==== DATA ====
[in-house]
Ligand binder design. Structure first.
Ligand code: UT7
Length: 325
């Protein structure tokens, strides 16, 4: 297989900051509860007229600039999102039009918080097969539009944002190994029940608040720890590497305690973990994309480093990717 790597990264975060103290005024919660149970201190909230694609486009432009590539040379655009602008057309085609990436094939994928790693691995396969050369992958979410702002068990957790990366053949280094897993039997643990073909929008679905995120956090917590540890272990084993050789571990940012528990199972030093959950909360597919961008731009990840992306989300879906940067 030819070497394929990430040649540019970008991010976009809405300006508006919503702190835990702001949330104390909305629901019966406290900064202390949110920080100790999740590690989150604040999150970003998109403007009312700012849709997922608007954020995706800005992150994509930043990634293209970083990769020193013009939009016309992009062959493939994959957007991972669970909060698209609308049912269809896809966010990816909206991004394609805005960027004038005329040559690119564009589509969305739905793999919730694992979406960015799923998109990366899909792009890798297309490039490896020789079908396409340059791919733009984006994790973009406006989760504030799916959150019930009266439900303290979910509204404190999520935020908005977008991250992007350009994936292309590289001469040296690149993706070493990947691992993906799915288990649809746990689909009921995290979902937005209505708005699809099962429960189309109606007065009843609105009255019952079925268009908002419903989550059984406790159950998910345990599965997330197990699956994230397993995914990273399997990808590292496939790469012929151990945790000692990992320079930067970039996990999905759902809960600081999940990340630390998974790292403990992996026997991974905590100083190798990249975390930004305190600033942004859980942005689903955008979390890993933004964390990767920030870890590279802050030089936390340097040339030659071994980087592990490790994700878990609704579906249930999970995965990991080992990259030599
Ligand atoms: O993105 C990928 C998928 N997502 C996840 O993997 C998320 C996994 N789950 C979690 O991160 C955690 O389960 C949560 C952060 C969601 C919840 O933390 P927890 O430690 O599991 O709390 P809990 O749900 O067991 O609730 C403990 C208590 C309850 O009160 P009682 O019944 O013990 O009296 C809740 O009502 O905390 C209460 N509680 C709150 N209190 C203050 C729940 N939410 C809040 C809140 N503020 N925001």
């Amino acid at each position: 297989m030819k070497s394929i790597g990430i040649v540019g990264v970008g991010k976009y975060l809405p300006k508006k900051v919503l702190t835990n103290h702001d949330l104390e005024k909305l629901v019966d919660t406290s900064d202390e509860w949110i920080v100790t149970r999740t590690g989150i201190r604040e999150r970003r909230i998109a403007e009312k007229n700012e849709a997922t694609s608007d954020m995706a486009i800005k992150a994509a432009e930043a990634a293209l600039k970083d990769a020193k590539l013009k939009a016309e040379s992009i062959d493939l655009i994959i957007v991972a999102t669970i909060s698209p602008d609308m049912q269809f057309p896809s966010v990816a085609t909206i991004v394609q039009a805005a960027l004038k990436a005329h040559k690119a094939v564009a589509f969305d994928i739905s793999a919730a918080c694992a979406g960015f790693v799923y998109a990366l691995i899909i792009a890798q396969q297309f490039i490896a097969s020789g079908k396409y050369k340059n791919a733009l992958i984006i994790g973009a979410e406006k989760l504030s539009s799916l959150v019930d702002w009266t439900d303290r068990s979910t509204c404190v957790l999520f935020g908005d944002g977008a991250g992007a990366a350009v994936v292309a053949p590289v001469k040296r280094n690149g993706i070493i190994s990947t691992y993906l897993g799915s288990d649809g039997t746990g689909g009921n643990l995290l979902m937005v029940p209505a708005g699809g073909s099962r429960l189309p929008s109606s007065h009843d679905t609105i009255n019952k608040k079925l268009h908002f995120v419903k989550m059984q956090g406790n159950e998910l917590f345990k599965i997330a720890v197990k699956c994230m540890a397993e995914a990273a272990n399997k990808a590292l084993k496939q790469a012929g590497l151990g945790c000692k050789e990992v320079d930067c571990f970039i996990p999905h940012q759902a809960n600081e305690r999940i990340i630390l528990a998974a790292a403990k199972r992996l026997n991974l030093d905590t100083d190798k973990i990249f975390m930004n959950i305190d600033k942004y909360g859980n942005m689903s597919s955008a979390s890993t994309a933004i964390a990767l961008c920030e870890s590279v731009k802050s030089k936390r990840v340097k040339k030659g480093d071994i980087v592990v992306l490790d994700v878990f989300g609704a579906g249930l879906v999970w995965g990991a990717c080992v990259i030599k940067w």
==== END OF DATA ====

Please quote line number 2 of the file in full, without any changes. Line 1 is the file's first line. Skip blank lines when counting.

Ligand binder design. Structure first.